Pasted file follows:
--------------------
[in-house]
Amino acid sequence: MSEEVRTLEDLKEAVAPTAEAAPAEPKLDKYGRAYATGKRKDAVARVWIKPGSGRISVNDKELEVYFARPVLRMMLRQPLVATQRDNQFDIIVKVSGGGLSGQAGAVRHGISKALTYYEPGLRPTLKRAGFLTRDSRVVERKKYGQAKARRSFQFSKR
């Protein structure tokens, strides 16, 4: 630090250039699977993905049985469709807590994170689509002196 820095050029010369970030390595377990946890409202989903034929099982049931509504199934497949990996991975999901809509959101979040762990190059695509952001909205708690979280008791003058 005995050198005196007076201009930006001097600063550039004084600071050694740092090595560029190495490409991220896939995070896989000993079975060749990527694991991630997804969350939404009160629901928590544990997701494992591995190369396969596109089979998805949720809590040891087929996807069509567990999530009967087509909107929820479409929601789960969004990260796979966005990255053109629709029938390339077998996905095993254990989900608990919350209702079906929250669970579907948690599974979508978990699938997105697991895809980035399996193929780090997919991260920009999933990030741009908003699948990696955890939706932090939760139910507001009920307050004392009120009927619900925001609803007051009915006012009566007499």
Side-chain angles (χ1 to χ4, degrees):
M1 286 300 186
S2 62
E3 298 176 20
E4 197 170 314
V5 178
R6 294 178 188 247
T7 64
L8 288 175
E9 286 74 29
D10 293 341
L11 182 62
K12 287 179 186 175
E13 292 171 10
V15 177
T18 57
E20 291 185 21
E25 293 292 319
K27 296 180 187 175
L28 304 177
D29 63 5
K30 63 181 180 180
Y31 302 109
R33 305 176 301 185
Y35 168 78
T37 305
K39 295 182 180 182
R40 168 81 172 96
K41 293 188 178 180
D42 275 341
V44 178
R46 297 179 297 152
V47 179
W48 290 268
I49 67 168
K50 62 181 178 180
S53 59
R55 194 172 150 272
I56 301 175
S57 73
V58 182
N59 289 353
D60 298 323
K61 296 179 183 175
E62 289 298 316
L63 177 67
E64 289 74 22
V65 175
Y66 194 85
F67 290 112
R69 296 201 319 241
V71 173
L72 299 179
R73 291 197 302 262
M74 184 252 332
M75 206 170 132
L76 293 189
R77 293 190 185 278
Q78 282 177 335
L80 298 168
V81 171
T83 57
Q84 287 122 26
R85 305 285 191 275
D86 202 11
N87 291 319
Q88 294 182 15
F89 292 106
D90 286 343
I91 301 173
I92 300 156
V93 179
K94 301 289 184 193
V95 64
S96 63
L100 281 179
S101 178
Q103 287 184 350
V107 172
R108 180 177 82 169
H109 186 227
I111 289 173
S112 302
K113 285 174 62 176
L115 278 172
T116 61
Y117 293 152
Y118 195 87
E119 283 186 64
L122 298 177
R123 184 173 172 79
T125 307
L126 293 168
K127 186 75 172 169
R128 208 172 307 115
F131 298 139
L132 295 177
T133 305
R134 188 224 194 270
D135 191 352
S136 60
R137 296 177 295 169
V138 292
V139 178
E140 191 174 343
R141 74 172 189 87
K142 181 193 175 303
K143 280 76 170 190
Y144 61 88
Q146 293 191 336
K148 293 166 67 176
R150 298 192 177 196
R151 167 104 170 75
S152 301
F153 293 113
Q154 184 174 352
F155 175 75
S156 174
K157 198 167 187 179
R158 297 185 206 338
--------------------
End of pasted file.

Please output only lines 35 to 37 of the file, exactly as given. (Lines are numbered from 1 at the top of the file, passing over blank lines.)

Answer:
R46 297 179 297 152
V47 179
W48 290 268